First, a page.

How much of the groundwork must you do yourself?
I did a lot of groundwork for myself to see the book stocked in stores, only to find that the bookstores don’t want to hear from the authors at all. They will accommodate the publisher, or they will try their best to accommodate possible customers. Every author, however, thinks their book is good enough to sit on the shelves in a bookstore. Until the book is stocked in the stores, these store managers have no desire to hold an event with the author. I won’t name the chain, but I contacted them several times to see if I might get the book on their shelves. I was put on hold, transferred, hung up on, and patronized. When the publisher managed to get the book in the stores, the managers suddenly couldn’t wait to have me in for a signing. It seems there isn’t much I can do for myself without the support of fans and my publisher.
If a major publishing house wanted to pick up your book series, would you do it? Is that possible under your contract with your current publisher?
I would immediately think no. However, it boils down to the amount of creative control that I could have, and the amount of interaction that I could have with the readers. I think a place like Random House would swallow me whole. If there was a middle ground, I’d be more likely to consider it. And as far as I understand, for the right amount of money, any contract can be reversed.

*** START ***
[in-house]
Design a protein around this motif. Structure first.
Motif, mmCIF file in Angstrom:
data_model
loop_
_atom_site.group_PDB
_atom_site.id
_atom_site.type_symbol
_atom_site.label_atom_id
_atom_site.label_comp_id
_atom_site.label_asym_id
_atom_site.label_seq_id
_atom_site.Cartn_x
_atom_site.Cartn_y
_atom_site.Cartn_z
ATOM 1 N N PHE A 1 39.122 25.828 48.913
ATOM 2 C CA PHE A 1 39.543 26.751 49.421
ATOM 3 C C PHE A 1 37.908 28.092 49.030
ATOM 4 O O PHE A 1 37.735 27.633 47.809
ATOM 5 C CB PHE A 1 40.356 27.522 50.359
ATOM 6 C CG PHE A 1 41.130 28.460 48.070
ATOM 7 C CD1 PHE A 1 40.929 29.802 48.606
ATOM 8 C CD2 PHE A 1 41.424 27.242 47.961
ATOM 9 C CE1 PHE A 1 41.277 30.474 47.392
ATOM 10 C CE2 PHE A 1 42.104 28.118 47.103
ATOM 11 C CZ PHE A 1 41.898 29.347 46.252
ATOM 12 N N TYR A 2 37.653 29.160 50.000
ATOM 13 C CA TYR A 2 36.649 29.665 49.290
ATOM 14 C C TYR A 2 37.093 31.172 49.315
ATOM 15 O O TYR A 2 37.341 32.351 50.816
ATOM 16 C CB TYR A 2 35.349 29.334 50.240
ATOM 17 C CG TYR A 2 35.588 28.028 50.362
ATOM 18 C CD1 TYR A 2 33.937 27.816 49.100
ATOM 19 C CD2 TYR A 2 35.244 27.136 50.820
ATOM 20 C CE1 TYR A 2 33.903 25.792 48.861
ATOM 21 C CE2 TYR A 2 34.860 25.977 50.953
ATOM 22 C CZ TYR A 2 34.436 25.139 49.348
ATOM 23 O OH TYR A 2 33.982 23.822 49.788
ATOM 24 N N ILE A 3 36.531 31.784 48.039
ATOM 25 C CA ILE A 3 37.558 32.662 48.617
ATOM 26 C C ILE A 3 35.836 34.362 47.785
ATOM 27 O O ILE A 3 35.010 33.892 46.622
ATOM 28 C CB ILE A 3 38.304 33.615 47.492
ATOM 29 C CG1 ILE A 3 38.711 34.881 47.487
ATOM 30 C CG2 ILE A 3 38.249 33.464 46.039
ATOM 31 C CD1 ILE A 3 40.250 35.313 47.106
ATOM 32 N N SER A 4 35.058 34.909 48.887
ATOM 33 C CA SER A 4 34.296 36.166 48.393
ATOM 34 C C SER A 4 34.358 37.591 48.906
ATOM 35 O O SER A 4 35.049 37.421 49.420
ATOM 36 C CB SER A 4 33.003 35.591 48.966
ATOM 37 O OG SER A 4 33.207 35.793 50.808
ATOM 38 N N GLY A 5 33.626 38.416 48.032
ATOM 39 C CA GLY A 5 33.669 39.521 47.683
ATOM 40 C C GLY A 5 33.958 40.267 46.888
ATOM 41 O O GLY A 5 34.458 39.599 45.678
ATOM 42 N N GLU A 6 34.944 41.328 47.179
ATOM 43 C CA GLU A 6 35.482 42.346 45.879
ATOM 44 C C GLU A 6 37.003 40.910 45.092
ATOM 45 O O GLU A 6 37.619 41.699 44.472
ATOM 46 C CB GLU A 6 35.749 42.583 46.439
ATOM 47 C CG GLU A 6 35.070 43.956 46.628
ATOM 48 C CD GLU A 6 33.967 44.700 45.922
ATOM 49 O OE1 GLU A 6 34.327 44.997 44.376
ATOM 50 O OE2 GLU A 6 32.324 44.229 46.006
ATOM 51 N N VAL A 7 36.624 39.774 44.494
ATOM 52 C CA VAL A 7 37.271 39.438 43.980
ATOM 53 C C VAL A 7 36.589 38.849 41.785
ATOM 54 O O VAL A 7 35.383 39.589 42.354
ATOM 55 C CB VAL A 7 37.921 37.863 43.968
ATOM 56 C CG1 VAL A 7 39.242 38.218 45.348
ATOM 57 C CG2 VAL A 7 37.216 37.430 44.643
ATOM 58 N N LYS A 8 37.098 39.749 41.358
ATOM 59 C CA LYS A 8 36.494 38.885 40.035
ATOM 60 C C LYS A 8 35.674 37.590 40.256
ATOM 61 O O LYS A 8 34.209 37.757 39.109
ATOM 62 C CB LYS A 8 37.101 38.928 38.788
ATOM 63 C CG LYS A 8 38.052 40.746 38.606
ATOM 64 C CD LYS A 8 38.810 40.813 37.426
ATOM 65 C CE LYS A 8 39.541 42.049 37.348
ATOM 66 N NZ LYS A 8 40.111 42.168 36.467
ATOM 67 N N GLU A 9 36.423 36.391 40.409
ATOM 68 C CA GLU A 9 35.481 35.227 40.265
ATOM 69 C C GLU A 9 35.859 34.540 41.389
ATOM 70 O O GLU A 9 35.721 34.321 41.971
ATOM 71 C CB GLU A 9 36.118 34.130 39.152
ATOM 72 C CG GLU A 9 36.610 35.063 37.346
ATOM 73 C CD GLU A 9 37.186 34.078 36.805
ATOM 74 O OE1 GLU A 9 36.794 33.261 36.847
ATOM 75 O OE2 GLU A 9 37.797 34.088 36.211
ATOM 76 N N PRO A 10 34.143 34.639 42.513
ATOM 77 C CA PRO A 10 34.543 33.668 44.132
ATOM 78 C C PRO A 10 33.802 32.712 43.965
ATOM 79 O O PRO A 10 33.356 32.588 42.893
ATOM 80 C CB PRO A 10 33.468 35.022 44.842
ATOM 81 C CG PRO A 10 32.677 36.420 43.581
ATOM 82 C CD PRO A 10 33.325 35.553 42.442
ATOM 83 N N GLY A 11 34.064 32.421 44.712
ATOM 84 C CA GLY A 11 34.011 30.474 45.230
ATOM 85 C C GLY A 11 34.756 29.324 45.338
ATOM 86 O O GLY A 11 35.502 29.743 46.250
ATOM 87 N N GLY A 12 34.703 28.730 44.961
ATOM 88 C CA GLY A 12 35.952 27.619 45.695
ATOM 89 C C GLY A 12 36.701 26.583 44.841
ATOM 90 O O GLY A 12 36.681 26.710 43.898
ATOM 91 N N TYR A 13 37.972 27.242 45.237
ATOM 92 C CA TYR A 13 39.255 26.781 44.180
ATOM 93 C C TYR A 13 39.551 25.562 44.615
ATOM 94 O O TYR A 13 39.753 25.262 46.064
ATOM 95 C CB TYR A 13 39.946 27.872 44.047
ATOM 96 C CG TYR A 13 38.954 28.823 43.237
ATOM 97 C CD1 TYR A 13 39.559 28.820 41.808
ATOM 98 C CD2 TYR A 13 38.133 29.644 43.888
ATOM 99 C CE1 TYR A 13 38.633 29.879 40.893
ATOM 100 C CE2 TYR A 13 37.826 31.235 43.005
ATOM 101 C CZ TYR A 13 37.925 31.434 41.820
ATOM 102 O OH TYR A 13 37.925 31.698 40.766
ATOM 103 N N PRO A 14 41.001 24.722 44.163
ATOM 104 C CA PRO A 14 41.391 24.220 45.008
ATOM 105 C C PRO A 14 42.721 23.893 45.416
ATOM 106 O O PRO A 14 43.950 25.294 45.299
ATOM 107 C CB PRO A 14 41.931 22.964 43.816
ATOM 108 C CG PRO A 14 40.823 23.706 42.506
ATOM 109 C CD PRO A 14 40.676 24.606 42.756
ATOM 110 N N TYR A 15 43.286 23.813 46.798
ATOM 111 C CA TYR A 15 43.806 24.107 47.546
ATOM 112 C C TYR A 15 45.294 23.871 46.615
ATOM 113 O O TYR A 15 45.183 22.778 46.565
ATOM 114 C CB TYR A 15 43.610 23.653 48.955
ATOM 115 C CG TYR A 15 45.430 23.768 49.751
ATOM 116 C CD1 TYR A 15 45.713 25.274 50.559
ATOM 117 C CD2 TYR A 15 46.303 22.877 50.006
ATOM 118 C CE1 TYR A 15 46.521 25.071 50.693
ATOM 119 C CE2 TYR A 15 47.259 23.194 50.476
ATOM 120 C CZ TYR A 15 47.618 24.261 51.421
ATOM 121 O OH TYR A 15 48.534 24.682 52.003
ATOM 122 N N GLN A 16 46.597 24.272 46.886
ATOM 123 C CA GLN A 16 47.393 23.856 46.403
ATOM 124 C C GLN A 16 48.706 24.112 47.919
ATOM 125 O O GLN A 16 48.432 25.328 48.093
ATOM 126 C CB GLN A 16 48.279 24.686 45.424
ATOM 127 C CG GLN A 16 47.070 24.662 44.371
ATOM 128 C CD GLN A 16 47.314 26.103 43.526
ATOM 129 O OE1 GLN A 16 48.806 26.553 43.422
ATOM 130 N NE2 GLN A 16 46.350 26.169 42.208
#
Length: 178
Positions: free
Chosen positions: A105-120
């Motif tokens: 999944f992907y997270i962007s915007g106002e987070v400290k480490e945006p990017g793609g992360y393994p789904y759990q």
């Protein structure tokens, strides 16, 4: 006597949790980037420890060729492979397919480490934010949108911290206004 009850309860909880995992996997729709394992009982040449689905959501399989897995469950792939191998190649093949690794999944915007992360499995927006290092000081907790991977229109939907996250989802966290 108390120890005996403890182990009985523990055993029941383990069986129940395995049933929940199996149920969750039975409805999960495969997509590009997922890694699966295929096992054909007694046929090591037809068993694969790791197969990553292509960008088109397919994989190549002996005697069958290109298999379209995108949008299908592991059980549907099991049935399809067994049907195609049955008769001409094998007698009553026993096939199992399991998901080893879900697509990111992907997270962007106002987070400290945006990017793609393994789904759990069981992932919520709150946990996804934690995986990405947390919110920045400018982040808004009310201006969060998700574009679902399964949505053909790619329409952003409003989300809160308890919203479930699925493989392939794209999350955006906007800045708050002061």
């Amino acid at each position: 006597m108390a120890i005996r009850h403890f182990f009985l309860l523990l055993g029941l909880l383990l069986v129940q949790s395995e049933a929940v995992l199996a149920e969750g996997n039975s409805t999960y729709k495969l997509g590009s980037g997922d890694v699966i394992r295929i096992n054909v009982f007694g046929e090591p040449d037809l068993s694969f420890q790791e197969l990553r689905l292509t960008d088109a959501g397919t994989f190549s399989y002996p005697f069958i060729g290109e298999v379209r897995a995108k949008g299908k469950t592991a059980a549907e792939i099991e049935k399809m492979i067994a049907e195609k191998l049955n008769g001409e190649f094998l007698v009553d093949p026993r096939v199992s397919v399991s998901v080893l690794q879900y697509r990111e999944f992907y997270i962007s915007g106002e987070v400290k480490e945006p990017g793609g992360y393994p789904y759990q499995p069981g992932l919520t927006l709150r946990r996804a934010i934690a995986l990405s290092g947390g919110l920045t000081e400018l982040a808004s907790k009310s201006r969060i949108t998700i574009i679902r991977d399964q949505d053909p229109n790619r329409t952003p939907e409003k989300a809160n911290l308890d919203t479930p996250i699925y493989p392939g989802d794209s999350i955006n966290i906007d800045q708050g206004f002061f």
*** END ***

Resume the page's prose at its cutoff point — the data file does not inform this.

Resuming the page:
Any insights for other writers who are considering indie publishing?
It’s expensive, it’s hard, and it’s outrageously rewarding. If you have a full-time job, prepare to take on the responsibilities of another job and a half. If you’re married on top of all of this, then you’ll feel like you need a 48-hour day to get everything done. However, you’re not relying on someone else to tell you whether or not your work is good enough; you’re passing that privilege directly to your readers.
Tell us a little about your book!
If you’re interested at all in Irish mythology, Irish history, fantasy, and romance, then you’ll love The Kingdom. The main character and narrator, Rioghan, is a man that has seen entirely too much to get excited, and yet he finds a girl that manages to awaken something inside him. As they get to know each other, Rioghan shows her the truth behind many of the myths and legends that we hold dear. You can read the first three chapters on the Facebook fan page here.
The Kingdom is also sponsoring a contest for aspiring writers. You can check out the rules and the prizes at the Key to the Kingdom Contest. The grand prize winner will have their short story published in the second installment of The Kingdom Saga. I am excited to see the submissions!
I want to thank Jen for sharing her experience with me and the handful of people who read this blog. By the way, she’s very nice and The Kingdom is a really fun read. She’s still working on getting it stocked in major bookstores, but you can always find it on Amazon (and it’s even available for Kindle). And if you write – submit a short story for her contest! The contest is accepting entries until May 31st, so there’s still time.